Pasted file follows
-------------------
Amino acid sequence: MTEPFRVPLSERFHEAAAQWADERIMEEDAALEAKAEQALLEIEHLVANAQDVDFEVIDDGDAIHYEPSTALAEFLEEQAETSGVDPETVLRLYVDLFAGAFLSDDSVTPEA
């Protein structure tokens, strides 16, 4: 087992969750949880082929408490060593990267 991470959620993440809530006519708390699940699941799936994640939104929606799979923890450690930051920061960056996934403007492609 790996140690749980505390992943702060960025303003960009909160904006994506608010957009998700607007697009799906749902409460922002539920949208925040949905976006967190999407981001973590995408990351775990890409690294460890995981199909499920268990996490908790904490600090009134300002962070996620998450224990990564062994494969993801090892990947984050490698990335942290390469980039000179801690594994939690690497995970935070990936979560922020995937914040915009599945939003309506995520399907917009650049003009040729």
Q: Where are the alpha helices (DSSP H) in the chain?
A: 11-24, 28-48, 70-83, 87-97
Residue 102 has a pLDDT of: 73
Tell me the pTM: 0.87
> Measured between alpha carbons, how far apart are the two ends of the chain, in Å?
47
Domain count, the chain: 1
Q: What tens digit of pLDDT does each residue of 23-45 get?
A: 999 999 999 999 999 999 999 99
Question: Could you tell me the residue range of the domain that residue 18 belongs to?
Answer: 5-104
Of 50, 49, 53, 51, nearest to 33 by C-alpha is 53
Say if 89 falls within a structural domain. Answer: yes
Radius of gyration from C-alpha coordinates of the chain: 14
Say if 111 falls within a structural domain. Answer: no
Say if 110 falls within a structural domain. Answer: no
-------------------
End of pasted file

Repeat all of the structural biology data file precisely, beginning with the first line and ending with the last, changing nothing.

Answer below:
Amino acid sequence: MTEPFRVPLSERFHEAAAQWADERIMEEDAALEAKAEQALLEIEHLVANAQDVDFEVIDDGDAIHYEPSTALAEFLEEQAETSGVDPETVLRLYVDLFAGAFLSDDSVTPEA
């Protein structure tokens, strides 16, 4: 087992969750949880082929408490060593990267 991470959620993440809530006519708390699940699941799936994640939104929606799979923890450690930051920061960056996934403007492609 790996140690749980505390992943702060960025303003960009909160904006994506608010957009998700607007697009799906749902409460922002539920949208925040949905976006967190999407981001973590995408990351775990890409690294460890995981199909499920268990996490908790904490600090009134300002962070996620998450224990990564062994494969993801090892990947984050490698990335942290390469980039000179801690594994939690690497995970935070990936979560922020995937914040915009599945939003309506995520399907917009650049003009040729």
Q: Where are the alpha helices (DSSP H) in the chain?
A: 11-24, 28-48, 70-83, 87-97
Residue 102 has a pLDDT of: 73
Tell me the pTM: 0.87
> Measured between alpha carbons, how far apart are the two ends of the chain, in Å?
47
Domain count, the chain: 1
Q: What tens digit of pLDDT does each residue of 23-45 get?
A: 999 999 999 999 999 999 999 99
Question: Could you tell me the residue range of the domain that residue 18 belongs to?
Answer: 5-104
Of 50, 49, 53, 51, nearest to 33 by C-alpha is 53
Say if 89 falls within a structural domain. Answer: yes
Radius of gyration from C-alpha coordinates of the chain: 14
Say if 111 falls within a structural domain. Answer: no
Say if 110 falls within a structural domain. Answer: no